The Latin text of an incomplete manuscript containing only the first 26 chapters, together with an English translation by Richard Hakluyt was published in 1599. A critical edition of the complete Latin text prepared by the French historian Francisque Michel and the English antiquarian Thomas Wright was published in 1839. An English translation by William Woodville Rockhill, The Journey of William of Rubruk to the Eastern Parts, was published by the Hakluyt Society in 1900, and an updated translation by Peter Jackson in 1990.
List of manuscripts
|A||Corpus Christi, Cambridge, MS 181, pp. 321–398||Last quarter of the 13th century||Oldest and the basis of Van den Wyngaeret's 1929 critical edition.|
|B||Corpus Christi, Cambridge, MS 66A, ff. 67r–110r||First third of 14th century||Contains a historiated initial at the beginning of the text and includes some chapter titles in the margins.|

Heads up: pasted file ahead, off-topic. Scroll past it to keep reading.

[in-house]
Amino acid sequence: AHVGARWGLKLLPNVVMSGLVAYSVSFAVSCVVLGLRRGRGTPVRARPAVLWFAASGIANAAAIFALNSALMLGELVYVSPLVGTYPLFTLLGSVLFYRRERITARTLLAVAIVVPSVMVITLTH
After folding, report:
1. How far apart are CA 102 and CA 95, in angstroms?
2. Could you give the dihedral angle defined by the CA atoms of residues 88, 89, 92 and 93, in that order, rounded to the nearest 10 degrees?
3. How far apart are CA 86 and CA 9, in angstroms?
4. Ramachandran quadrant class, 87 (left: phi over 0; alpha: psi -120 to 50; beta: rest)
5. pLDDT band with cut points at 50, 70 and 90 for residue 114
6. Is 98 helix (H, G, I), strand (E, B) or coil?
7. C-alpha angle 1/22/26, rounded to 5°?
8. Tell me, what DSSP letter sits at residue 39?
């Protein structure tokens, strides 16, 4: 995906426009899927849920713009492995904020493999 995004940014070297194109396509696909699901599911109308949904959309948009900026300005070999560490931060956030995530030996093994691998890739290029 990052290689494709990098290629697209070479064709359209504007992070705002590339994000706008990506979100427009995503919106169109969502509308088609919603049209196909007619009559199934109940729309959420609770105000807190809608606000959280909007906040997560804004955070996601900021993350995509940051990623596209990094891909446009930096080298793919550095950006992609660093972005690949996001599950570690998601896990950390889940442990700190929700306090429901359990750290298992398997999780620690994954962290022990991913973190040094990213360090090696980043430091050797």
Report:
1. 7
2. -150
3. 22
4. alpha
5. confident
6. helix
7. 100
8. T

|C||Corpus Christi, Cambridge, MS 407, ff. 37r–66r||Beginning of 15th century||Ends after Chapter 26 paragraph 8.|
|D||British Library, MS Royal 14 C XIII ff. 255r–236r||15th century||Ends after Chapter 26 paragraph 8. Used by Richard Hakluyt for his 1599 translation.|
|E||Yale University Library, New Haven, Beinecke MS 406 ff. 93r–142v||15th century|